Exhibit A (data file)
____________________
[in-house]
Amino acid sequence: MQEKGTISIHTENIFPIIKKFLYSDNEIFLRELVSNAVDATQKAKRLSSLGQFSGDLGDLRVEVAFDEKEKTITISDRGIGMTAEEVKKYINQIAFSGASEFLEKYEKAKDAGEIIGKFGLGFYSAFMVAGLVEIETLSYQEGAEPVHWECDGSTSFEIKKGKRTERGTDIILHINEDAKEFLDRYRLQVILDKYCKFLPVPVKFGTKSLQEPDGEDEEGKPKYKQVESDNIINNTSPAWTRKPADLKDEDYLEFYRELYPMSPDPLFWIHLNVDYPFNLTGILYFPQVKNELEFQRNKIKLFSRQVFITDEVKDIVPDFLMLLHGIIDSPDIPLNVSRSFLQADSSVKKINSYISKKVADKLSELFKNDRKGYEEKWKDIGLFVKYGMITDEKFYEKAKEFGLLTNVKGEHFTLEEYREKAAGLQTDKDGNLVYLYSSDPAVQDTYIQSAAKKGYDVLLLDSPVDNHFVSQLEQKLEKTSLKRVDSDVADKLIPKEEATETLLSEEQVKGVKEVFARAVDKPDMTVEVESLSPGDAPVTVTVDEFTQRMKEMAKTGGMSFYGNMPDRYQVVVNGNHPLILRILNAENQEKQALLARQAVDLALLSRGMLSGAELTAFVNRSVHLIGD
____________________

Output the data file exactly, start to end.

[in-house]
Amino acid sequence: MQEKGTISIHTENIFPIIKKFLYSDNEIFLRELVSNAVDATQKAKRLSSLGQFSGDLGDLRVEVAFDEKEKTITISDRGIGMTAEEVKKYINQIAFSGASEFLEKYEKAKDAGEIIGKFGLGFYSAFMVAGLVEIETLSYQEGAEPVHWECDGSTSFEIKKGKRTERGTDIILHINEDAKEFLDRYRLQVILDKYCKFLPVPVKFGTKSLQEPDGEDEEGKPKYKQVESDNIINNTSPAWTRKPADLKDEDYLEFYRELYPMSPDPLFWIHLNVDYPFNLTGILYFPQVKNELEFQRNKIKLFSRQVFITDEVKDIVPDFLMLLHGIIDSPDIPLNVSRSFLQADSSVKKINSYISKKVADKLSELFKNDRKGYEEKWKDIGLFVKYGMITDEKFYEKAKEFGLLTNVKGEHFTLEEYREKAAGLQTDKDGNLVYLYSSDPAVQDTYIQSAAKKGYDVLLLDSPVDNHFVSQLEQKLEKTSLKRVDSDVADKLIPKEEATETLLSEEQVKGVKEVFARAVDKPDMTVEVESLSPGDAPVTVTVDEFTQRMKEMAKTGGMSFYGNMPDRYQVVVNGNHPLILRILNAENQEKQALLARQAVDLALLSRGMLSGAELTAFVNRSVHLIGD